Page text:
from the overreach... dept
On the key point, Grooveshark has long argued that what it does is really no different than what YouTube does, in that it allows individuals to upload content, and if it receives a takedown notice, it proactively follows the DMCA's takedown process and removes that content. Realizing that getting around the DMCA's safe harbors was a longshot, Universal Music instead reverted to a somewhat twisted argument, saying that pre-1972 sound recordings are not covered by the DMCA, and thus there are no safe harbor protections. To understand why they'd make this argument, you can read up on the history of pre-1972 copyrights for sound recordings -- a huge mess that the US Copyright Office is still trying to figure out how to fix. But, the short version is that, currently, sound recordings from before 1972 are not technically under US federal copyright law, but various (and often crazy) state laws. Since the DMCA refers to works under federal copyright law, Universal Music's arguments is that the DMCA doesn't apply, thus the safe harbors don't apply, and Grooveshark can't rely on its safe harbor compliance to avoid liability.
If this argument sounds somewhat familiar, that's because it's the same one EMI tried to use against MP3Tunes, which failed spectacularly. The NY state court in this case appears to be well aware of that, citing the MP3Tunes case at length.
An internet service provider which seeks to benefit from the safe harbor provisions of the DMCA is required, as a condition of receiving such protection, "expeditiously to remove, or disable access to, the material that is claimed to be infringing or to be the subject of infringing activity." .... Certainly the thrust of the DMCA is to relieve internet service providers of the initial need to ascertain the copyright status of the sound recordings that they make available, to place the burden of asserting copyright ownership on the owners of such copyrights, and to require the internet service providers to "take down" infringing material, upon receipt of a valid notice of infringement. There is no textual, or other reason, to think that Congress intended to limit that distribution of responsibilities to only post-1972 recordings.End result? Sorry, UMG, but you can't just use this loophole to get around the clear and stated purpose of the DMCA's safe harbors.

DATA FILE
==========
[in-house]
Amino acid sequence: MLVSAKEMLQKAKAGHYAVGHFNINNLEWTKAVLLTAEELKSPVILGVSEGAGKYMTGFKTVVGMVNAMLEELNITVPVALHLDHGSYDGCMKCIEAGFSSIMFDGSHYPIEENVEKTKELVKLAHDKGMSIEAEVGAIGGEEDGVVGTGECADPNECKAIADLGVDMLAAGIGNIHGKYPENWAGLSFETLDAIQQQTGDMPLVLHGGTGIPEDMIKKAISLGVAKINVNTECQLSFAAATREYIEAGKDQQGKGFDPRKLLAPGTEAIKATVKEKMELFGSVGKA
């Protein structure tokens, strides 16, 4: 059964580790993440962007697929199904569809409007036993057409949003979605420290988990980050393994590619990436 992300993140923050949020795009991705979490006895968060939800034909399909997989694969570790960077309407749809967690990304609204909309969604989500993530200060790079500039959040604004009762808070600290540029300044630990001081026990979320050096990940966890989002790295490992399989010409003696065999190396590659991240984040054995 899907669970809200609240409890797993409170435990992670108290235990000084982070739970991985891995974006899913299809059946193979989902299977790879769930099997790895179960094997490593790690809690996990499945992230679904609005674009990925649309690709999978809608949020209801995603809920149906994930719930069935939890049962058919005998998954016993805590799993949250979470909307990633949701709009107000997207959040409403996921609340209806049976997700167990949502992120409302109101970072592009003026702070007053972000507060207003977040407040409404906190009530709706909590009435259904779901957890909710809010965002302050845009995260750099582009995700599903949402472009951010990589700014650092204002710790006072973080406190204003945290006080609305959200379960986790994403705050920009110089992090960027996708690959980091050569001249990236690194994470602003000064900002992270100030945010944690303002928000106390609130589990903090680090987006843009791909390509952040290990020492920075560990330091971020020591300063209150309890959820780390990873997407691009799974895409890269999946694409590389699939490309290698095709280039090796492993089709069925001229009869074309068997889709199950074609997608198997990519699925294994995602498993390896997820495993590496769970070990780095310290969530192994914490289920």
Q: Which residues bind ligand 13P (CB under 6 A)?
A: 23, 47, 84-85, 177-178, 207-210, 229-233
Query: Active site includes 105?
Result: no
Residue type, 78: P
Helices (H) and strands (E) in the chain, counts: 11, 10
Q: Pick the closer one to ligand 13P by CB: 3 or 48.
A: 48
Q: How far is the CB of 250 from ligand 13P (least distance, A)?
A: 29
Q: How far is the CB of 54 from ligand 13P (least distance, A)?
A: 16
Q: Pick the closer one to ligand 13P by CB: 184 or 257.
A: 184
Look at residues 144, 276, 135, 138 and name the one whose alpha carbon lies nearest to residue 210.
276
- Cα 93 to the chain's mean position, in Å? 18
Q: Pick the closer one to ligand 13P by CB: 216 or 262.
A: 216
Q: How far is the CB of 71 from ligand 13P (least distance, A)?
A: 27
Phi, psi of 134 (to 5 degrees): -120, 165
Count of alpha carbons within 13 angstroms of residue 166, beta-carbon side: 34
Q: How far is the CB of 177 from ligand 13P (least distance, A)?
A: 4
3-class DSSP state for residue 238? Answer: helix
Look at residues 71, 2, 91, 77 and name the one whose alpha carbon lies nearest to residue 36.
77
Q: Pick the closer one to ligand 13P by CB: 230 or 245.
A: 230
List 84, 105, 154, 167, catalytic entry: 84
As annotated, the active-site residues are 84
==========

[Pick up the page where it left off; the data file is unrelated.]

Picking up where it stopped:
Moreover, the phrase "copyright owners,".... is applicable to the owner of a common law copyright, no less than to the owner of a copyright under the Copyright Act....
This Court is not attempting to extend the Copyright Act to pre-1972 Recordings, but, nonetheless, does find, based on the relevant language of the statutes and the analysis discuss above, that the safe harbor provision codified by section 512(c)(1) of the DMCA is applicable to Pre-1972 Recordings.That shoots a pretty big hole in UMG's case, as it's now going to have to show that Grooveshark's activities cause them to lose DMCA safe harbors, which is a much bigger hill to climb.
Separately, UMG failed in trying to get various counterclaims dismissed. The focus here was on claims that UMG contacted two companies -- HP and INgrooves -- to get them to back out of deals with Grooveshark. There are a bunch of different arguments (most pretty technical) that UMG makes to assert that these counterclaims should be dismissed, but the court isn't buying most of them. For each precedent UMG brings up, the court highlights that the facts are different here and UMG's reliance on particular caselaw "is misplaced."
UMG had a couple of relatively minor victories: having one of the counterclaims dismissed (one having to do with antitrust activity, because Grooveshark only showed harm to itself, rather than competition in general) and also a rejection of an attempt to use Section 230 safe harbors, which explicitly carve out intellectual property. Grooveshark/Escape Media tried a rather convoluted argument (sort of the reverse of UMG's pre-1972 DMCA argument, claiming that Section 230 safe harbors could apply to works covered under state copyright law). The court rejects this as silly, but it's effectively meaningless since it still grants the DMCA's safe harbors (which, admittedly are not quite as strong as the Section 230 safe harbors, but this is definitely the more reasonable result).
All in all, there's still a long way to go in this case, but today's ruling is clearly a pretty big loss for UMG and a win for Grooveshark.